Disability Inclusion for Small Businesses

Managing people

23 January 2023

For a small business, the concept of disability inclusion may sound daunting – but it shouldn’t. The great strength of small businesses is that it is far easier for them to be agile and adapt than it is for big businesses. 

If you’re a small business employer and feel like disability inclusion isn't relevant for you, we’ll explore how diversity in your team helps your business and how you can build better businesses practices without breaking the bank. But first, let's take a look at the prevalance of people with diasbilities in the UK workforce:

People with disability are a large part of the UK workforce

According to the Federation of Small Businesses (FSB), 25% of small business owners are disabled or have a health condition and 51% of small employers have employed a disabled person, or someone with a health condition in the last 3 years.

While you may think that no one at your business has a disability, the reality is that around 1 in 5 people in the UK identify as having a disability or have a long-term health condition, a large number of disabilities are not visible, and at least 34% of people with a disability don’t feel comfortable asking an employer for help due to fears of being treated differently. This means that it is very possible someone who works with you has a disability and you just don’t realise it.

In fact, FSB also found that small businesses are more likely to employ disabled people than larger employers, with 45.1% of all disabled people in employment working in a small business.

Given the high likelihood that a small business with employees has either knowingly or unknowingly hired a someone with a disability, building a workplace that is inclusive and supportive for people with disabilities should be a top priority for small businesses.

Diversity in your team helps the business bottom line

Disability inclusion is one piece of a greater effort towards having a diverse workforce. If everyone who works within your business looks the same, thinks the same and has the same background, then it’s probably not as diverse as it could be and probably isn’t functioning at its best capacity. By bringing together people from different backgrounds and life experiences, you can increase the problem-solving capacity of your team as they’ll all complete a task with their own unique style and approach. 

It’s been proven that a business with diverse employees see improved financial results, have an easier time recruiting and retaining staff, have greater innovation, and are faster at making decisions. 

The details on how diversity, in general, helps your business can be explored in our article on diversity for small businesses, but it’s important to note that disability inclusion, specifically, sees similar results and costs little.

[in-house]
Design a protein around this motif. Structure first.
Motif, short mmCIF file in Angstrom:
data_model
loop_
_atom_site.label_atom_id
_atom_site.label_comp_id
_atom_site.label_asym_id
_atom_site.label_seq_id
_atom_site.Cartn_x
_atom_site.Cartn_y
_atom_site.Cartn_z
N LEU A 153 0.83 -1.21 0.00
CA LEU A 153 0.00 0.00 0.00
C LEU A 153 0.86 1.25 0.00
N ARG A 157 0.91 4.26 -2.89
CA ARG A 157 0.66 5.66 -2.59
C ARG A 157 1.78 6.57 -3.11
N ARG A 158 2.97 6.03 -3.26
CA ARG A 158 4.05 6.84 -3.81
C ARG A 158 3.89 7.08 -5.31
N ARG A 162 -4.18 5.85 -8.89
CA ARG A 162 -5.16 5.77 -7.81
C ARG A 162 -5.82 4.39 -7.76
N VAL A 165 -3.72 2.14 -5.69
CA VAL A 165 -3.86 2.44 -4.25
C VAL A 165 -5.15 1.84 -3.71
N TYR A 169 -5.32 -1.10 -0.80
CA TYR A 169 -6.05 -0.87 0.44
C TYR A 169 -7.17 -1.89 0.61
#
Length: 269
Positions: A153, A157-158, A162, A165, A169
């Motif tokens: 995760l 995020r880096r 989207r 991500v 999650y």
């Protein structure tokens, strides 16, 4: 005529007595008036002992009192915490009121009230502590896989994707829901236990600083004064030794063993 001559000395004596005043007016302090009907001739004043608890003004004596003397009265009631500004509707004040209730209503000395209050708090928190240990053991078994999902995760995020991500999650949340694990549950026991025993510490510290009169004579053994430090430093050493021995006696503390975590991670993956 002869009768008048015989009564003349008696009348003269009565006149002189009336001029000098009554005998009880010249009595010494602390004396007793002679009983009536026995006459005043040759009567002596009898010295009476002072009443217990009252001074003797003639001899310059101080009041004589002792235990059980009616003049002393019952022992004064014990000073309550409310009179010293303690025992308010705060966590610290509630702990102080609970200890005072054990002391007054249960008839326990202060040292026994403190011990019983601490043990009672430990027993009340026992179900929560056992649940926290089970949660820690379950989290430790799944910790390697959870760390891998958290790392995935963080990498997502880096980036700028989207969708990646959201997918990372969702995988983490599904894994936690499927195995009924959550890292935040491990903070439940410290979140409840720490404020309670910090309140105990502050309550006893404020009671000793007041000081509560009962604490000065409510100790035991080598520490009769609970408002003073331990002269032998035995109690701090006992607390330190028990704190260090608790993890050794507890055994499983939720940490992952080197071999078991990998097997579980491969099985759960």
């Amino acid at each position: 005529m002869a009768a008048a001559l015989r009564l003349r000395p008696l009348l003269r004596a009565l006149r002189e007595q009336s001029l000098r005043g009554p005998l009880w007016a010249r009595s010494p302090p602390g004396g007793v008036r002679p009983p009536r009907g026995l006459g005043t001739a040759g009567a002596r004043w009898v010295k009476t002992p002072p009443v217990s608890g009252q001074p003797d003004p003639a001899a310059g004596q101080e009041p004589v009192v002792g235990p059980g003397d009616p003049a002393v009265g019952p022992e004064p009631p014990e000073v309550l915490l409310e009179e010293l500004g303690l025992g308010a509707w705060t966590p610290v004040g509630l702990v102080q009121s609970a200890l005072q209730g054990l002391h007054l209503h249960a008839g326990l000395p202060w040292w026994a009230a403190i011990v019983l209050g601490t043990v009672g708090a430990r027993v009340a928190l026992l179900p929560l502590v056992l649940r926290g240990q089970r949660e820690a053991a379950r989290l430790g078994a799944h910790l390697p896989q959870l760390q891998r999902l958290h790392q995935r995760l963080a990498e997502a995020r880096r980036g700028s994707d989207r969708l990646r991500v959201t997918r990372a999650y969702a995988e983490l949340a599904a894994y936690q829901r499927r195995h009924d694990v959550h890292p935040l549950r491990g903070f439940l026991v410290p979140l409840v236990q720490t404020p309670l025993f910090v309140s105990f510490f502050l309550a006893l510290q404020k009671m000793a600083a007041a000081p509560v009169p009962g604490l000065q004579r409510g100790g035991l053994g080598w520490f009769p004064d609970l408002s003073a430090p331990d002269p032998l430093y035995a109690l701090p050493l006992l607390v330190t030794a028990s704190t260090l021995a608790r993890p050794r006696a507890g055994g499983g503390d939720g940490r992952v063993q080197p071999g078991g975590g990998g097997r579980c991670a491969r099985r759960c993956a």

The Job Accommodation Network surveys report that in the United States a high percentage (56%) of accommodations cost absolutely nothing to implement ($0), while the rest of the accommodations made had a typical cost of only $500 and that the $500 typical cost has been consistent across the many years of the JAN survey.

While that data is US based, it would amount to about £410 GBP to take care of reasonable accommodations for people who needed them. For such a small investment, here’s some of the benefits you can expect to see:

Why being a disability friendly employer matters

According to a 2020 study by Accenture, among the companies included in the study, the organisations most focused on disability engagement are growing sales 2.9x faster and profits 4.1x faster than their peers.

While it’s hard to pinpoint exactly why this uptick in business happens, the thought is that when employees can show up at work and feel supported, they tend to be more engaged and supported.  In fact, the Business Disability Forum found that 80% of employees who had received support from their employers to remove barriers at work, helped them stay in their jobs – mean better retention and less money spent on recruitment efforts.

Furthermore, when thinking about people with disabilities specifically, they often have to be creative to adapt to the world around them which isn’t built to accommodate their needs. They tend to need strong problem-solving skills and persistence on a daily basis to negotiate challenges, but luckily for businesses, these same skills are crucial for innovation.

5 steps towards a more disabled friendly work culture

You won’t change your whole company culture in just 5 steps, but we all have to start somewhere. If you’re hoping to build a more disability-friendly company culture, here’s a few first steps to get you started:

  1. Tell employees about your plans to be a disability friendly employer – letting your team know about your intention means that they’ll be able to help you towards this goal. Whether that’s by suggesting great candidates who have a disability or holding you accountable towards delivering on this promise, it’s important that this be shared.
  2. Develop a plan for sourcing and retaining disabled talent – you can look for recruiting agencies or job boards that specialise in hiring and supporting people with disabilities. Look for partners that can help on this journey and don’t feel like you have to go it alone.
  3. Make employees feel comfortable disclosing their disability – many people don’t disclose their disabilities for fear of discrimination, but it’s hard to support people when you don’t know what they need. Creating a culture where people feel comfortable asking for help will make it much easier to build a more inclusive workplace.
  4. Provide supports for employees with disabilities – think about some concrete actions you can take to make your place of work simpler for people with disabilities. If you’re stuck for ideas, we’ll provide a few in the next section!
  5. Share facts and information about the disability community – sharing more information can help lead to greater understanding among your staff. Never share details about a specific staff member’s needs, make sure any information is more general such as the fact that 22% of the UK population has a disability.